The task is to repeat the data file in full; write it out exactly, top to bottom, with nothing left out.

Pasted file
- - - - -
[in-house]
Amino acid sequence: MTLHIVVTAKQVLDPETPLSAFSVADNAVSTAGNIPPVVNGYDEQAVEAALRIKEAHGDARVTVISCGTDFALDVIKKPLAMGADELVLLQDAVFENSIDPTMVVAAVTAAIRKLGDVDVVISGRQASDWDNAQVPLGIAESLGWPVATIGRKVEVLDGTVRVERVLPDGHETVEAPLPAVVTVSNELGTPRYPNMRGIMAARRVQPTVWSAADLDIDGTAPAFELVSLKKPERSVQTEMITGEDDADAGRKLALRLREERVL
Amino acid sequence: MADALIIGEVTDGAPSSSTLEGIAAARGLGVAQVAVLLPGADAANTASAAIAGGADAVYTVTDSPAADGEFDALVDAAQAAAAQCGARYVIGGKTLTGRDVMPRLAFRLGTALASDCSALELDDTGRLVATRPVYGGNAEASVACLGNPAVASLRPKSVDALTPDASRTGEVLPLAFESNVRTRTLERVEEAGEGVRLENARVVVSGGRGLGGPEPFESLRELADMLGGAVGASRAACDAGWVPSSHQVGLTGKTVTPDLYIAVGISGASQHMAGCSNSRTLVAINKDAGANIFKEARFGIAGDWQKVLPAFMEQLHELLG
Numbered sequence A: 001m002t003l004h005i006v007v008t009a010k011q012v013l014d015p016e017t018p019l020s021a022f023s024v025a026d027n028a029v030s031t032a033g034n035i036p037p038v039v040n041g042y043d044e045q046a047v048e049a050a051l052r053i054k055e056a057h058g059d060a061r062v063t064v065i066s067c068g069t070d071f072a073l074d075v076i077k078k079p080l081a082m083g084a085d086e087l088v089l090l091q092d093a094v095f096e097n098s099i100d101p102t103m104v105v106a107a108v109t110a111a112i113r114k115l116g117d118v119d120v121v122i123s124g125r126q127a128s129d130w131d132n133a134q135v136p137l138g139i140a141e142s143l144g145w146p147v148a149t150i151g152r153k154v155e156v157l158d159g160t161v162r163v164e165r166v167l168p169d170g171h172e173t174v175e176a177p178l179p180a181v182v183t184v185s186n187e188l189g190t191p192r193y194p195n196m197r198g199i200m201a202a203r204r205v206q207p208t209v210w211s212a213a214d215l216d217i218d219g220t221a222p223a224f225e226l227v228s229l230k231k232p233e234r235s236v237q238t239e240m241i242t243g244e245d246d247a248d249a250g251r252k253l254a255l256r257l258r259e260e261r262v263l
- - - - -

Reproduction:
[in-house]
Amino acid sequence: MTLHIVVTAKQVLDPETPLSAFSVADNAVSTAGNIPPVVNGYDEQAVEAALRIKEAHGDARVTVISCGTDFALDVIKKPLAMGADELVLLQDAVFENSIDPTMVVAAVTAAIRKLGDVDVVISGRQASDWDNAQVPLGIAESLGWPVATIGRKVEVLDGTVRVERVLPDGHETVEAPLPAVVTVSNELGTPRYPNMRGIMAARRVQPTVWSAADLDIDGTAPAFELVSLKKPERSVQTEMITGEDDADAGRKLALRLREERVL
Amino acid sequence: MADALIIGEVTDGAPSSSTLEGIAAARGLGVAQVAVLLPGADAANTASAAIAGGADAVYTVTDSPAADGEFDALVDAAQAAAAQCGARYVIGGKTLTGRDVMPRLAFRLGTALASDCSALELDDTGRLVATRPVYGGNAEASVACLGNPAVASLRPKSVDALTPDASRTGEVLPLAFESNVRTRTLERVEEAGEGVRLENARVVVSGGRGLGGPEPFESLRELADMLGGAVGASRAACDAGWVPSSHQVGLTGKTVTPDLYIAVGISGASQHMAGCSNSRTLVAINKDAGANIFKEARFGIAGDWQKVLPAFMEQLHELLG
Numbered sequence A: 001m002t003l004h005i006v007v008t009a010k011q012v013l014d015p016e017t018p019l020s021a022f023s024v025a026d027n028a029v030s031t032a033g034n035i036p037p038v039v040n041g042y043d044e045q046a047v048e049a050a051l052r053i054k055e056a057h058g059d060a061r062v063t064v065i066s067c068g069t070d071f072a073l074d075v076i077k078k079p080l081a082m083g084a085d086e087l088v089l090l091q092d093a094v095f096e097n098s099i100d101p102t103m104v105v106a107a108v109t110a111a112i113r114k115l116g117d118v119d120v121v122i123s124g125r126q127a128s129d130w131d132n133a134q135v136p137l138g139i140a141e142s143l144g145w146p147v148a149t150i151g152r153k154v155e156v157l158d159g160t161v162r163v164e165r166v167l168p169d170g171h172e173t174v175e176a177p178l179p180a181v182v183t184v185s186n187e188l189g190t191p192r193y194p195n196m197r198g199i200m201a202a203r204r205v206q207p208t209v210w211s212a213a214d215l216d217i218d219g220t221a222p223a224f225e226l227v228s229l230k231k232p233e234r235s236v237q238t239e240m241i242t243g244e245d246d247a248d249a250g251r252k253l254a255l256r257l258r259e260e261r262v263l